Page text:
Traditionally, whether a person buys an appliance or a car, he/she owns the product once they have a receipt. As pointed out by Wired writer Kyle Wiens on Monday, April 21, John Deere is attempting to change the definition of ownership based on the Digital Millenium Copyright Act.
As more products contain computer parts and proprietary software used to make those parts work, manufacturers have decided that the only way to protect software and hardware from copying and hacking is by claiming that product “owners” only receive a “license” for use of a product during its lifetime instead of an actual transfer of ownership. Personal computer manufacturers already advise owners that they have purchased the right to use software and not the right to modify, hack or copy it.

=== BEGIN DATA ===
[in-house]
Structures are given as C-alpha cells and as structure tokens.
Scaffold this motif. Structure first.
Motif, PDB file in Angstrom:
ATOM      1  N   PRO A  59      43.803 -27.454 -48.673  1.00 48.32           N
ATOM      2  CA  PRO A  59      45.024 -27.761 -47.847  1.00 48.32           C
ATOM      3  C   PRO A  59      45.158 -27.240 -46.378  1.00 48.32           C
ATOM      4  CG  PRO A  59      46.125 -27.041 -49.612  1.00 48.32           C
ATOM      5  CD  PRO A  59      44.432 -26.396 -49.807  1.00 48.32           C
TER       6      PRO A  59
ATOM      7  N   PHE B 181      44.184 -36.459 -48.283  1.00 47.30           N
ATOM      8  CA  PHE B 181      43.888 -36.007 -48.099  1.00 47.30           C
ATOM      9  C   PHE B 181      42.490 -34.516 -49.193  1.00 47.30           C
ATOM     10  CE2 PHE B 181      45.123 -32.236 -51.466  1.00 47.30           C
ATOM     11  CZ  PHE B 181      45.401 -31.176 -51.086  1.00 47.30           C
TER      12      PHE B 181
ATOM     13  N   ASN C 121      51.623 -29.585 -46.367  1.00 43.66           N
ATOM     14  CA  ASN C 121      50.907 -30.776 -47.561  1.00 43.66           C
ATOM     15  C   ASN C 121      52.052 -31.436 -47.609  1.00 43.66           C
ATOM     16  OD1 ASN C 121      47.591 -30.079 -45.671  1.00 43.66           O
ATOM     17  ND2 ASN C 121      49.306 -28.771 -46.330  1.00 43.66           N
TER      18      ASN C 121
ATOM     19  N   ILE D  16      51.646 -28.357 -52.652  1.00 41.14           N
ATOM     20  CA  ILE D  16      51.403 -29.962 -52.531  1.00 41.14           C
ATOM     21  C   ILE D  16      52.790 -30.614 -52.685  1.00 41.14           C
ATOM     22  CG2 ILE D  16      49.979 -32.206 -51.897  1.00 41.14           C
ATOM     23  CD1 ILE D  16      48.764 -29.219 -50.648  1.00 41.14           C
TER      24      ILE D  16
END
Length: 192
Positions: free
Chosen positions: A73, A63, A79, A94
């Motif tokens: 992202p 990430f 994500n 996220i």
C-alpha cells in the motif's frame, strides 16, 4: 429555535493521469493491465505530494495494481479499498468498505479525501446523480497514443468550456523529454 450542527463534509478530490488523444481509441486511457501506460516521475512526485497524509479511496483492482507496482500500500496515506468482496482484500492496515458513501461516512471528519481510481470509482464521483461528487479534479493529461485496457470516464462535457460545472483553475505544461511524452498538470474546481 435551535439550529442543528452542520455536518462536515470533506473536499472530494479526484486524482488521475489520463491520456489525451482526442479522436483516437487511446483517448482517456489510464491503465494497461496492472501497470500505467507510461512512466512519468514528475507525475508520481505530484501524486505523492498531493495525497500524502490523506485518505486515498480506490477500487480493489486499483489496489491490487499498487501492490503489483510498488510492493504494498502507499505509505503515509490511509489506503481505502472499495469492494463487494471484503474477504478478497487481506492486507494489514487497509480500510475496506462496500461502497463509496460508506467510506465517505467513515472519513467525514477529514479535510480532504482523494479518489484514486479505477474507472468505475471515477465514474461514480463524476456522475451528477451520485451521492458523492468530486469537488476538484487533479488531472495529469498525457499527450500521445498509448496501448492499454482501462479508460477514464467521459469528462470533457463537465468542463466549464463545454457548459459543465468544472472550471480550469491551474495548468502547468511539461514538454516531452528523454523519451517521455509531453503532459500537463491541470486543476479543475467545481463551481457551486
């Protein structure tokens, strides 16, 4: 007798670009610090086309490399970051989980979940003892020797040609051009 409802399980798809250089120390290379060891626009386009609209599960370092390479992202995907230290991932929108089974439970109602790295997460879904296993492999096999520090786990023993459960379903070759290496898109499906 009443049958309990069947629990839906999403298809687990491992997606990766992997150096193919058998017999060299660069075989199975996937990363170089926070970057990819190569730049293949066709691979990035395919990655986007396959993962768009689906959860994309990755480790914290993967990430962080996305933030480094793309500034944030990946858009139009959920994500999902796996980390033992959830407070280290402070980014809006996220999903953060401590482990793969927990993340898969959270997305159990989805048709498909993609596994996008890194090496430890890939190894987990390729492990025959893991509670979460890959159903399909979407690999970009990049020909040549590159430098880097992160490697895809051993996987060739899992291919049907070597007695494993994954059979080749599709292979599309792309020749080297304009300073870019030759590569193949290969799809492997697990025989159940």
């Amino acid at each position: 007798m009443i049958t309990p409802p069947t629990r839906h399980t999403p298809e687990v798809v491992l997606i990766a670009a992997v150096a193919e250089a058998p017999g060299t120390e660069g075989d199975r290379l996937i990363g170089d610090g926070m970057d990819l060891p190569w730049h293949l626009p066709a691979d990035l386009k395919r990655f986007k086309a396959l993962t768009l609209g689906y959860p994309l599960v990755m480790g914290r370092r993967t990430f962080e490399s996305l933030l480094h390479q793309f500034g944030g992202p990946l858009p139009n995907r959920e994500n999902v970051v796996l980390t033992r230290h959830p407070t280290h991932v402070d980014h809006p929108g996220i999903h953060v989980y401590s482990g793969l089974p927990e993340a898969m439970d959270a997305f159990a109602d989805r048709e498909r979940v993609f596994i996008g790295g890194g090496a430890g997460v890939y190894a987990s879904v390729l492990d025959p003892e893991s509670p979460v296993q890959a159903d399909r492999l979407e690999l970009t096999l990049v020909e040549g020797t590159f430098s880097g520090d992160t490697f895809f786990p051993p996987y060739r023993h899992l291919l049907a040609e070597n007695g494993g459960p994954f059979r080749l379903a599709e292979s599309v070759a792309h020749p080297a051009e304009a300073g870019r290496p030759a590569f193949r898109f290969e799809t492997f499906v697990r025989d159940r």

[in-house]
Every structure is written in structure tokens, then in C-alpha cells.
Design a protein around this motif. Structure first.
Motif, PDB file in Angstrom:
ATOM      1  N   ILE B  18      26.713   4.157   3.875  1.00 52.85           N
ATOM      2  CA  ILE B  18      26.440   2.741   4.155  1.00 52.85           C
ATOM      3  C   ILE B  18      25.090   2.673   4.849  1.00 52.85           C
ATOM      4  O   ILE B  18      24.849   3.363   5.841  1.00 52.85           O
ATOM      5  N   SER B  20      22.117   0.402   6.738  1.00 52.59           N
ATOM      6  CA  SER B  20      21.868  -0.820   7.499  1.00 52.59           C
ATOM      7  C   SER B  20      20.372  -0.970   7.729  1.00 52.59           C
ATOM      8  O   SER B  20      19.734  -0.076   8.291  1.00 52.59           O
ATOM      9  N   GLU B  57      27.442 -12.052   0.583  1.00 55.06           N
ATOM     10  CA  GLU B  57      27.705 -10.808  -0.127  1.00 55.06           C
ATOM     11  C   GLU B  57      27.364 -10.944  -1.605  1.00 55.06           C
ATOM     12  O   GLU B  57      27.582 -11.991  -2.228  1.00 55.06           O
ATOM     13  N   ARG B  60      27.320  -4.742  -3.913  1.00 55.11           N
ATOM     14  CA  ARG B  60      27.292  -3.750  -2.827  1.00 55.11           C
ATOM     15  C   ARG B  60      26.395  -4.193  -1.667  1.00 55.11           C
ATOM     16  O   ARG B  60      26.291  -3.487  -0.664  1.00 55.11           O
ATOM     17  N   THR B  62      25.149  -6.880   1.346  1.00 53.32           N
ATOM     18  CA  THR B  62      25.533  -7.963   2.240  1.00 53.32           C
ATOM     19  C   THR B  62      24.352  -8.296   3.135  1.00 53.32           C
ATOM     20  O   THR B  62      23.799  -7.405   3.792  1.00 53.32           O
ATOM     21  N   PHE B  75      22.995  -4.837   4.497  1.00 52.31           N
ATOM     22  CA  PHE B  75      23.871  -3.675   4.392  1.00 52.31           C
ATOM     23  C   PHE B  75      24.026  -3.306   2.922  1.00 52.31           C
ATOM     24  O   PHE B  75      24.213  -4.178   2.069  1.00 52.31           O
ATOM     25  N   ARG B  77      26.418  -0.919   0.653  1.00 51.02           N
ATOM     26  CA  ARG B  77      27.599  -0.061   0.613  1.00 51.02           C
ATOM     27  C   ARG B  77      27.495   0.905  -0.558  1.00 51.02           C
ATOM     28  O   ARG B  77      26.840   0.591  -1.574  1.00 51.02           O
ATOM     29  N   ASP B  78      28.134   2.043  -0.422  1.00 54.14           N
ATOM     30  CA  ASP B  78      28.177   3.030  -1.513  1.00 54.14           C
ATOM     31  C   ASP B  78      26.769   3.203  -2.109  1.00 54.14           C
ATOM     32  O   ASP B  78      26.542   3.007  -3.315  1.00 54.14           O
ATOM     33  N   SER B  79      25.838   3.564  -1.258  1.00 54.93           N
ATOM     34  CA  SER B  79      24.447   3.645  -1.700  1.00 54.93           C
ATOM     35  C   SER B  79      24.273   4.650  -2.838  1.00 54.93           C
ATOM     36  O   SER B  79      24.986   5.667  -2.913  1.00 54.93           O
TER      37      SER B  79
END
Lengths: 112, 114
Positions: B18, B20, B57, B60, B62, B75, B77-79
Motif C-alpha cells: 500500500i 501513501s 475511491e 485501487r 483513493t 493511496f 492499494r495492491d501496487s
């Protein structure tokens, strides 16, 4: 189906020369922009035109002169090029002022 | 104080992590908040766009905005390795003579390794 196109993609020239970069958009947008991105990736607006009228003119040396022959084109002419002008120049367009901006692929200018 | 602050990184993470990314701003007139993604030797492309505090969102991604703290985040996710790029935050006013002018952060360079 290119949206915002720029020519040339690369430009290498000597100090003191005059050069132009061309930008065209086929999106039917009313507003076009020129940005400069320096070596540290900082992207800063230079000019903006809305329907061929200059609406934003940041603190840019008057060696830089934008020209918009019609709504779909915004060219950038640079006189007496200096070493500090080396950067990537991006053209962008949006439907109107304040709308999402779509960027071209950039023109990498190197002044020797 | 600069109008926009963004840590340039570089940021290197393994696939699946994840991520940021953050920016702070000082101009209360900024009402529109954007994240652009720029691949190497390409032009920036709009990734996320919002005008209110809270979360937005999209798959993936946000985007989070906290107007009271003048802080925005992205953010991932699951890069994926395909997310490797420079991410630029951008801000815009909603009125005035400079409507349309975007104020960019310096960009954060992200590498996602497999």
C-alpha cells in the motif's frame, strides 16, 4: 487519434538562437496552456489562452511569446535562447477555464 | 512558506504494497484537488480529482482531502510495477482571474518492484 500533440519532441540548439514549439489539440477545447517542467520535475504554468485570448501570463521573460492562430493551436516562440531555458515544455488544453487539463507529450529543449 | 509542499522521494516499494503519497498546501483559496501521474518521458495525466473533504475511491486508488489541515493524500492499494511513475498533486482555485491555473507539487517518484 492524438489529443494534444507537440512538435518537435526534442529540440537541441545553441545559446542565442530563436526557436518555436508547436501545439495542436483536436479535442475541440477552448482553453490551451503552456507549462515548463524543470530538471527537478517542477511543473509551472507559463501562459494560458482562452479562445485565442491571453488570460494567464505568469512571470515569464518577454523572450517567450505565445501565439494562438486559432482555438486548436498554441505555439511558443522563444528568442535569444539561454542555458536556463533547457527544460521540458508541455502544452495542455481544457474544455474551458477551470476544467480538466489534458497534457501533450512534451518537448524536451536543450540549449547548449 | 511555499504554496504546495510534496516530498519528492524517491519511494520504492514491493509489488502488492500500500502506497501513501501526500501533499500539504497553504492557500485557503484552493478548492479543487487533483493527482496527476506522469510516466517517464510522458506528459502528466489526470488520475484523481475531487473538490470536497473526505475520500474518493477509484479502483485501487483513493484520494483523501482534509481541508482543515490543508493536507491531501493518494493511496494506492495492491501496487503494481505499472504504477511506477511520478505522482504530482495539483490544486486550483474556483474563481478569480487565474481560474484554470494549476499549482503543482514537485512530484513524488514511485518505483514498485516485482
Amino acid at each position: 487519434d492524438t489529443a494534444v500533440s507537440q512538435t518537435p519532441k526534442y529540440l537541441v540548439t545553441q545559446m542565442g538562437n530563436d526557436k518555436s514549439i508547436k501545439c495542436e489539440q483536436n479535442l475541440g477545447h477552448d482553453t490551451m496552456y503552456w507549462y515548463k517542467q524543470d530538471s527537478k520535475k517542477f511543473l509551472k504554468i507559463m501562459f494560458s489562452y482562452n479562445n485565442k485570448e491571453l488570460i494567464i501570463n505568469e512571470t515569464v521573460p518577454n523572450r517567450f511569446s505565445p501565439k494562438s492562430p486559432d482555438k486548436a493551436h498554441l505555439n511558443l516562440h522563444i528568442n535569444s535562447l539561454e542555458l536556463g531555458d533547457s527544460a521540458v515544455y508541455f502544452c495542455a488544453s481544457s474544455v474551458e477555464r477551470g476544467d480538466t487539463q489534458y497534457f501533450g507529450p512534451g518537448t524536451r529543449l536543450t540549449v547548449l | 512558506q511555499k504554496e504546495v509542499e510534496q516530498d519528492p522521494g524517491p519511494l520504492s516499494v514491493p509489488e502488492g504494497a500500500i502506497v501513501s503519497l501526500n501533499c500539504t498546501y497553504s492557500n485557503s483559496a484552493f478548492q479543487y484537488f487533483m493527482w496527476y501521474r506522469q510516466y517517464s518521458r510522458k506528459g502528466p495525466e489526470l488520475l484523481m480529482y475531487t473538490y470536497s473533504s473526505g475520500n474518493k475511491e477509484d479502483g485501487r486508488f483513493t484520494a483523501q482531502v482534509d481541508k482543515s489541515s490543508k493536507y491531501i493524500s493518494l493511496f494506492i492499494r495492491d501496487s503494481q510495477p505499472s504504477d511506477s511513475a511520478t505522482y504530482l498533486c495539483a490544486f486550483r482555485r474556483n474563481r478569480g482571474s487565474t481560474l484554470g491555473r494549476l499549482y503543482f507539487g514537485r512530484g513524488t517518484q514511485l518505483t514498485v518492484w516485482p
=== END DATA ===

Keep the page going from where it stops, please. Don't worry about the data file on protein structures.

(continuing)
SuperLawyers says that the United States Copyright Office has agreed to consider these arguments further in July during a hearing. If the manufacturers get their way, they could be allowed to sue consumers who hack or even repair their products.
On one hand, their arguments are valid to protect their software and hardware designs. On the other… If they really wanted to take it too far, they could require that only technicians certified by them repair those products, which could shut down many small mom and pop repair shops and prevent product “life hacks” being performed by users. It could even prevent derivative product creation by users.